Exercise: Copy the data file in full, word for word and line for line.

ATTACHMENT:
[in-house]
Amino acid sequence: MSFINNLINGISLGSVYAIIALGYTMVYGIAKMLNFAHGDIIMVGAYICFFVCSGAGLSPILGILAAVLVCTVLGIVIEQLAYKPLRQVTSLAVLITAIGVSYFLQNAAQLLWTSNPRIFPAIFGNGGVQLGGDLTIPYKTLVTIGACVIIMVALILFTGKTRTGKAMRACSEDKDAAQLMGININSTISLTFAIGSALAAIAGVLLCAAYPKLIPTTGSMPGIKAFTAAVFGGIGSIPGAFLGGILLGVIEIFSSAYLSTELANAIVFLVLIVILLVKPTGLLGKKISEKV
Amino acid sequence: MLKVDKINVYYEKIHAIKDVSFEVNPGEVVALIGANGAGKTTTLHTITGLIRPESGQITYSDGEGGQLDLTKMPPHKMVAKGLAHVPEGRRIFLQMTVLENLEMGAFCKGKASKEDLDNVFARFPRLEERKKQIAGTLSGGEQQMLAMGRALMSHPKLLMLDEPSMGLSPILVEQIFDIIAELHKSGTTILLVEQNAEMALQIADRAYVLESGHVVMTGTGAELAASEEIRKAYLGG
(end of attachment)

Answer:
[in-house]
Amino acid sequence: MSFINNLINGISLGSVYAIIALGYTMVYGIAKMLNFAHGDIIMVGAYICFFVCSGAGLSPILGILAAVLVCTVLGIVIEQLAYKPLRQVTSLAVLITAIGVSYFLQNAAQLLWTSNPRIFPAIFGNGGVQLGGDLTIPYKTLVTIGACVIIMVALILFTGKTRTGKAMRACSEDKDAAQLMGININSTISLTFAIGSALAAIAGVLLCAAYPKLIPTTGSMPGIKAFTAAVFGGIGSIPGAFLGGILLGVIEIFSSAYLSTELANAIVFLVLIVILLVKPTGLLGKKISEKV
Amino acid sequence: MLKVDKINVYYEKIHAIKDVSFEVNPGEVVALIGANGAGKTTTLHTITGLIRPESGQITYSDGEGGQLDLTKMPPHKMVAKGLAHVPEGRRIFLQMTVLENLEMGAFCKGKASKEDLDNVFARFPRLEERKKQIAGTLSGGEQQMLAMGRALMSHPKLLMLDEPSMGLSPILVEQIFDIIAELHKSGTTILLVEQNAEMALQIADRAYVLESGHVVMTGTGAELAASEEIRKAYLGG